News and magazine publishers have been building mobile apps since the early days of smartphones and the App Stores, but is this still a winning idea in 2022?
There are a number of reasons why we think publishers should consider building a mobile app version of their site or publication, and they all tend to revolve around reader experience and opportunities for monetization.
- Readers expect a dedicated mobile experience
- Apps drive return traffic and retention
- Mobile ad revenue is catching up with desktop
- No ad-blockers in mobile apps
- Apps help you build a strong brand
- Apps are a channel you own and control
1) Readers expect a dedicated mobile experience
Think about how your readers get to your site. It’s either an email, a social post, or simply by habit checking your site for new stuff.
Yet, think of your own behavior. How often do you visit a website on a mobile device by typing its URL in Safari or Chrome? It’s awkward, and far from ideal.
While you may still get a core group of dedicated users who are happy to type in the URL, you’ll have just as many who don’t want to go through the messy process of clicking and typing in a mobile web address bar.
And if you’re successful in getting readers to your mobile site, they’re often faced with a site that’s not fully optimized for mobile users.
With an average load time of 15 seconds, mobile sites are in danger of turning users away even before they get to the content.
Mobile readers want to get to the good stuff particularly fast, and they’re not going to hang around for much longer than a few seconds.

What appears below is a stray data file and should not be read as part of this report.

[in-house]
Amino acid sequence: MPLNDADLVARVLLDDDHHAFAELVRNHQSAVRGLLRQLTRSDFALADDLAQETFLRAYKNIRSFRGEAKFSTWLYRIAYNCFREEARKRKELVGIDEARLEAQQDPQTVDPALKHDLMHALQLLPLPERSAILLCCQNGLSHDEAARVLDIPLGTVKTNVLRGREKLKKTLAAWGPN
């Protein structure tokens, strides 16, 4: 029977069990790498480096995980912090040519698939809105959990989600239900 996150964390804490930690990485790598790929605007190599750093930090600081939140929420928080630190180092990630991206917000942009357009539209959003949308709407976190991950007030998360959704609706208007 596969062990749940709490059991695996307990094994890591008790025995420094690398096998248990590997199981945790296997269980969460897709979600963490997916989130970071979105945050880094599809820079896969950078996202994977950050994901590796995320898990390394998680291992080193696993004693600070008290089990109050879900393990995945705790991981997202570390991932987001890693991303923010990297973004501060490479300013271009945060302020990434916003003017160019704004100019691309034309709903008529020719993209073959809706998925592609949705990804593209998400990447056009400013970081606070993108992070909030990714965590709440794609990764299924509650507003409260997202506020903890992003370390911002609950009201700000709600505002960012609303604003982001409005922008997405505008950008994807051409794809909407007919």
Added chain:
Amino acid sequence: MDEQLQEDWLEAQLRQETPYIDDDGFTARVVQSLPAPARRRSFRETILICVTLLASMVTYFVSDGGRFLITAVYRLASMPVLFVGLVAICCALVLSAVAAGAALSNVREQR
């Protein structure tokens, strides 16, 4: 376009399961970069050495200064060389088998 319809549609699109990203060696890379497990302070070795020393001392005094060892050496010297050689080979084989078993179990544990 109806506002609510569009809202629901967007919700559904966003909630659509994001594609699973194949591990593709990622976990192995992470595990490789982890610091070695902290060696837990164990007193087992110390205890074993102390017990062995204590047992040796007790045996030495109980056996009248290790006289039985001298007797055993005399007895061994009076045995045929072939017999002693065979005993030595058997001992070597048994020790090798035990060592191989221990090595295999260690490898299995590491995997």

They also want navigation and interfaces designed specifically for mobile, as opposed to being awkwardly ported from a desktop site.
Things like infinite scroll, faster load speed and dedicated mobile navigation, combined with fewer distractions (such as browser tabs) make consuming content on apps a much smoother and more enjoyable experience.
2) Apps drive return traffic and retention
Once users get to your site, it’s an uphill battle to get them to come back. You might convince a small number to join your email list, or else you’re faced with the same user acquisition dance that brought them to your site in the first place.
A very small minority will be the kind of loyal reader that remembers your publication and is willing to open their browser, type the URL and visit the site on their own accord.
A native application, however, offers more tools to help you retain and connect with readers.
You have push notifications, and an app icon that remains in the headspace of the user every time they open their phone.
Then there’s much less friction for the user to come back to your publication. Just one click and they’re in.
Combine that with faster load times and an overall better user experience as previously discussed, and it’s simply a much better option for building a following of users who come back again and again.
3) Mobile ad revenue is catching up with desktop
At one time, ad revenue for mobile sites was a fraction of what it was for desktop. As such, it simply didn’t make sense for publishers to invest in the user experience for their mobile readers, since these weren’t the readers that delivered the most revenue.
Today, that’s basically flipped. Mobile ad revenue accounts for around 2.5 times that of desktop, at $100B vs $40B.
Mobile has become the primary way for most people to shop, discover new products and make purchases, as well as being the place where they consume the majority of their content.
As a result, mobile users are now the most lucrative for publishers. Those publishers who hone their focus on mobile user experience are likely to see continued revenue growth, while those who ignore mobile will find themselves going in the other direction.